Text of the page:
Sports medicine relates to the science of exercise and fitness—also commonly referred to as exercise medicine. Although it’s referred to as “medicine”, the experts—sports medicine specialists—aren’t necessarily physicians. However, specialists will have extensive training and education on the benefits and risks of sports and fitness. A physician might go through years of sports medicine education in addition to his or her medical doctorate. At this point, the physician has specific knowledge related to sports injuries and the complexities of training, life-sport balance, and injury prevention. He or she might spend time watching, or performing, orthopedic surgeries for a comprehensive scope of care.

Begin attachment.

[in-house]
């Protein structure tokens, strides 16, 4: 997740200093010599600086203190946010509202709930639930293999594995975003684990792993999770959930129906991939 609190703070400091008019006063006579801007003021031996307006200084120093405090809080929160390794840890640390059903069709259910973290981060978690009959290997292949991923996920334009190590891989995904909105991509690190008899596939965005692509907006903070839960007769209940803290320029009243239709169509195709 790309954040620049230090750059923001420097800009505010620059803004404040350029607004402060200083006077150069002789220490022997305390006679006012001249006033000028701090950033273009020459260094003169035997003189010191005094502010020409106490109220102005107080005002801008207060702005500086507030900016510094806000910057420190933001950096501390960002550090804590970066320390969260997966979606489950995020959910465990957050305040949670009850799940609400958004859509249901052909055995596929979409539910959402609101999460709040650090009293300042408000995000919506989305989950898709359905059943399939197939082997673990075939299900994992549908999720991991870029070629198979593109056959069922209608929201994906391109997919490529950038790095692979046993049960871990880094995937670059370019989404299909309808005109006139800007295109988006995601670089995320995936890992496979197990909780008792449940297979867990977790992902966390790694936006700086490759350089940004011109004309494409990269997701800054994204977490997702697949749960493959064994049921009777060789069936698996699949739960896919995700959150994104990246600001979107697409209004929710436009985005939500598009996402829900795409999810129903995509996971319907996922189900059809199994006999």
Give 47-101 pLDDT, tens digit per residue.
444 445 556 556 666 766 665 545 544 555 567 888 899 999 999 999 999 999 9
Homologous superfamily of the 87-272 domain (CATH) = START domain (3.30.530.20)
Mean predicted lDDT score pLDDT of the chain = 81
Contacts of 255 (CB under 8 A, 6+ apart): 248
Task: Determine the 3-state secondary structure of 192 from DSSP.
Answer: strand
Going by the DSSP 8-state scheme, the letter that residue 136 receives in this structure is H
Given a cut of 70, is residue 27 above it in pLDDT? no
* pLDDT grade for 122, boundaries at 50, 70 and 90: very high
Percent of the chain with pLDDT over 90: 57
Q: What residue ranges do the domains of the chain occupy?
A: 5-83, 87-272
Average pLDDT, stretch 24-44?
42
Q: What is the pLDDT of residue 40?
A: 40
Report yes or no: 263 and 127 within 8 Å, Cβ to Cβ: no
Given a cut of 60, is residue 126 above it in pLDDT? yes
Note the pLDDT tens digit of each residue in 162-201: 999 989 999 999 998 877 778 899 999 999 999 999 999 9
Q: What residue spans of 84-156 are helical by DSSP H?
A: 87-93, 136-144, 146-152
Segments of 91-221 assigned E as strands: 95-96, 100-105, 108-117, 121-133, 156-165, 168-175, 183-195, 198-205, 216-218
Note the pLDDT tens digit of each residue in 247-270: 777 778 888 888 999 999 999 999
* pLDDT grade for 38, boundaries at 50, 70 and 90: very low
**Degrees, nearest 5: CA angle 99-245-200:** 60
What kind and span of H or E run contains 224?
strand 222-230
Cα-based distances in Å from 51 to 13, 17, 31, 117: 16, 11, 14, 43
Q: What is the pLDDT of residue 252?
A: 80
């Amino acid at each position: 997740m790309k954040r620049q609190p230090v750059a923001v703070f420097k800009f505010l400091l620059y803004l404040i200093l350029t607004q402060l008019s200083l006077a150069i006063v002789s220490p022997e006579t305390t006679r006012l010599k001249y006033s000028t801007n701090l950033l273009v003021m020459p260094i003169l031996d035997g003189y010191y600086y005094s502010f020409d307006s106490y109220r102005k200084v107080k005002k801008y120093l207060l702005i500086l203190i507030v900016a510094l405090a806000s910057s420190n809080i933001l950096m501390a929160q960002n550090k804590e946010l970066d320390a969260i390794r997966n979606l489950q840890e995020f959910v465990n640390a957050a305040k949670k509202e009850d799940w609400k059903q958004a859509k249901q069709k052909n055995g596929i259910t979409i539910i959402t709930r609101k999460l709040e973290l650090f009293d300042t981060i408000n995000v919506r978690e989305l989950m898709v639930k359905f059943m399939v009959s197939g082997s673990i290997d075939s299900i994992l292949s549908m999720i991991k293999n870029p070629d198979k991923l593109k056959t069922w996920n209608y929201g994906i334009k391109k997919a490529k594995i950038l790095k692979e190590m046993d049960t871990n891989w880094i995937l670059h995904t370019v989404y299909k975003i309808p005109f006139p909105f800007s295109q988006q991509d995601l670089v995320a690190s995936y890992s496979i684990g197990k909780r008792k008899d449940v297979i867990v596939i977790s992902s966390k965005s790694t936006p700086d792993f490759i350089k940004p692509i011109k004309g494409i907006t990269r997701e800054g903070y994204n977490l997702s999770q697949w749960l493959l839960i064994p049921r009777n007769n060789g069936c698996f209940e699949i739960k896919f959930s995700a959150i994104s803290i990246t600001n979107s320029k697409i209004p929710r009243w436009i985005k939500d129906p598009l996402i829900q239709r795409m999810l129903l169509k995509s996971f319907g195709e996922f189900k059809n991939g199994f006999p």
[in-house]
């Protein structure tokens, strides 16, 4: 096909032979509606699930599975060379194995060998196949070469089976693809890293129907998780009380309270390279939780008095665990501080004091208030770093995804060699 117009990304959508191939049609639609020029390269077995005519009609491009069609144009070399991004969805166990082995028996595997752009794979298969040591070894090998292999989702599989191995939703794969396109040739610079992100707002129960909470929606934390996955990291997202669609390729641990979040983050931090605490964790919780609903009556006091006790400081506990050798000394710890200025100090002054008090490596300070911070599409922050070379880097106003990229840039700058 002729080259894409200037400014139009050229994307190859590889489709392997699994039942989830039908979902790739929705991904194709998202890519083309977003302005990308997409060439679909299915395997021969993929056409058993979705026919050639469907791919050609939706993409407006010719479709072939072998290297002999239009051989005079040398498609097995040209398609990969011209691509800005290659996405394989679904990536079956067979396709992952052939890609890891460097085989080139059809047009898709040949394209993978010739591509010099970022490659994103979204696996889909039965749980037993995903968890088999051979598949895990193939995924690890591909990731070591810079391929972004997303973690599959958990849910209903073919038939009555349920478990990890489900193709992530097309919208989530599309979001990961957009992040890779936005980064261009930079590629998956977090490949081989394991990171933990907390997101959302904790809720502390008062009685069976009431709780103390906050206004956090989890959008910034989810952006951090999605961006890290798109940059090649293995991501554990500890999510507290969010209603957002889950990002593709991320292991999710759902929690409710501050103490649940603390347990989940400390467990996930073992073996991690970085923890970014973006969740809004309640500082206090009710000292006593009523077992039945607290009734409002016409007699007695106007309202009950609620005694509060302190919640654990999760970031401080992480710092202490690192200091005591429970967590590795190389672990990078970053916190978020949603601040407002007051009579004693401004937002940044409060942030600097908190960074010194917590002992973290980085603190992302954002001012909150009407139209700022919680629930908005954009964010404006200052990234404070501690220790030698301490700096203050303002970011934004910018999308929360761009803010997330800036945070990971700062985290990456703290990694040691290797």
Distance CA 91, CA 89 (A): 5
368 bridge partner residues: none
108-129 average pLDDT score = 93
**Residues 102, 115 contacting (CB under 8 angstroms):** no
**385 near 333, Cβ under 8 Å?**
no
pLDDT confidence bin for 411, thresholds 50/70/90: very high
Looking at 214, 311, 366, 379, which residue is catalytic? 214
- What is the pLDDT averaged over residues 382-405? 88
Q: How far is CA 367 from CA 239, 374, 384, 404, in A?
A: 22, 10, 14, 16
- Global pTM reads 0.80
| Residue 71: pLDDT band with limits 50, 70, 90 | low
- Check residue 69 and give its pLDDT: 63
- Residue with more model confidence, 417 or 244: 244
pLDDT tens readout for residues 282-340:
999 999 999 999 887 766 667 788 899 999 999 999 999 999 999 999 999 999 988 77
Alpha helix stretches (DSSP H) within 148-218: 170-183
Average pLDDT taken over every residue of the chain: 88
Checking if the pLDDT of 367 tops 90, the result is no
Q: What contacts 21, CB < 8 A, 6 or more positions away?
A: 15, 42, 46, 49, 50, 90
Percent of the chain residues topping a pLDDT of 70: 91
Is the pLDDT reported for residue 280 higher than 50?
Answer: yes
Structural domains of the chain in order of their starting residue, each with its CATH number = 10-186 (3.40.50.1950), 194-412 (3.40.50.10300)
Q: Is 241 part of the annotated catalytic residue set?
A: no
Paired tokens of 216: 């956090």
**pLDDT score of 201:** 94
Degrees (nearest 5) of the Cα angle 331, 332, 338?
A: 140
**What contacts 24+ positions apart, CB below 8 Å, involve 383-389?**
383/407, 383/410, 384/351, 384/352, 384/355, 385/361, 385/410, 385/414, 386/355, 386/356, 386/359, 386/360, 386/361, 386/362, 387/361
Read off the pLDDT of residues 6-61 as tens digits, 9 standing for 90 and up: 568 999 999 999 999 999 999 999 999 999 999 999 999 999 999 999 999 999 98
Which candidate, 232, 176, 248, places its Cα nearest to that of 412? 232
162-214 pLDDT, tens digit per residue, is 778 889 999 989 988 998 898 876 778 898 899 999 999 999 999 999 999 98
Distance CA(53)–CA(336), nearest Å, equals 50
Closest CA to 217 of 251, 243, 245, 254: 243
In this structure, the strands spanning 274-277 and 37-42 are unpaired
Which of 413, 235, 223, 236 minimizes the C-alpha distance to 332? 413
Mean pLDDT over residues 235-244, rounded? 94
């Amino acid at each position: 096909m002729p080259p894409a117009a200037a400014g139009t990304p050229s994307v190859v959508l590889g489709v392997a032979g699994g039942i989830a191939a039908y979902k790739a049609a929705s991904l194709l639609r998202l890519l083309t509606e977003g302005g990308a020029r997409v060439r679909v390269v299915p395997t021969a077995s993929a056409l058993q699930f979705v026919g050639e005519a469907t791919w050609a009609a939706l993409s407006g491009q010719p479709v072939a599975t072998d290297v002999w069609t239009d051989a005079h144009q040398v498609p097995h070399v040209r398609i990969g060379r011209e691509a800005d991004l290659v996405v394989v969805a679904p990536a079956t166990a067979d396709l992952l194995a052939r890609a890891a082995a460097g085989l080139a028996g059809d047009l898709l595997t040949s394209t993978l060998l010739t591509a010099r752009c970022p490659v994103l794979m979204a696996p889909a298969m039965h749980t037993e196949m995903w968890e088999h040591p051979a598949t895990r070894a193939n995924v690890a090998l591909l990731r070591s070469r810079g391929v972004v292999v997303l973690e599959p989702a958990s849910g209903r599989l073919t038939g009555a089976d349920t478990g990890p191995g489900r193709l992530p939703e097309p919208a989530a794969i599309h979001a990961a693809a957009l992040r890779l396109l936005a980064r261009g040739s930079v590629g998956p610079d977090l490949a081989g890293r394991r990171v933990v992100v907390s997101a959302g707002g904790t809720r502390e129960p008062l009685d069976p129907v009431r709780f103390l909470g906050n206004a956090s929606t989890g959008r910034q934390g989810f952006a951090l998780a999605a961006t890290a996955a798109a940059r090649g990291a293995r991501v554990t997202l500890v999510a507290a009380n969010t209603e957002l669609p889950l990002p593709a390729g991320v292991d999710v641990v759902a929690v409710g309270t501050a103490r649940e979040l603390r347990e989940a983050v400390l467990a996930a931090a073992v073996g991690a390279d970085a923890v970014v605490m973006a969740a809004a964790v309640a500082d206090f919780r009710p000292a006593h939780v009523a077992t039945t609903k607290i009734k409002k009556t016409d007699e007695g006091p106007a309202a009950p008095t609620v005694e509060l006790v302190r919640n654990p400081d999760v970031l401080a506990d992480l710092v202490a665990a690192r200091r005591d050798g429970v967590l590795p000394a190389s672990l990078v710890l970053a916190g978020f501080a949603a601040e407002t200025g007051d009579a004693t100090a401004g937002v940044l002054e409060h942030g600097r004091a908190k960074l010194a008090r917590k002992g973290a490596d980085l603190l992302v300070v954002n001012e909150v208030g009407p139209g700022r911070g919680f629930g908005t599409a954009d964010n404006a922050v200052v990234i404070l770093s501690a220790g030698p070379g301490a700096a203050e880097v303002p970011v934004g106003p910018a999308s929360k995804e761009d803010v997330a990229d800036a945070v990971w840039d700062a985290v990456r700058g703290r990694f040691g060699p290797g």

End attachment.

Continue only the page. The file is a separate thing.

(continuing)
Sports medicine often encompasses nutrition, exercise plans, injury prevention, and (in some cases) treatment. A sports medicine specialist will aim to improve your performance and overall lifestyle. He or she can work with you to become your best physical version of yourself, through training and proper nutrition.
Exercise is being seen as an alternative to medication and an irreplaceable healthcare tool—the sports medicine world is no stranger to this concept. Regular exercise can battle obesity, diabetes, mental illness, and a long laundry list of other conditions. A sports medicine specialist can build, monitor, and maintain an exercise plan that keeps their clients (or patients) in tip-top shape, avoiding injury and a host of preventable diseases.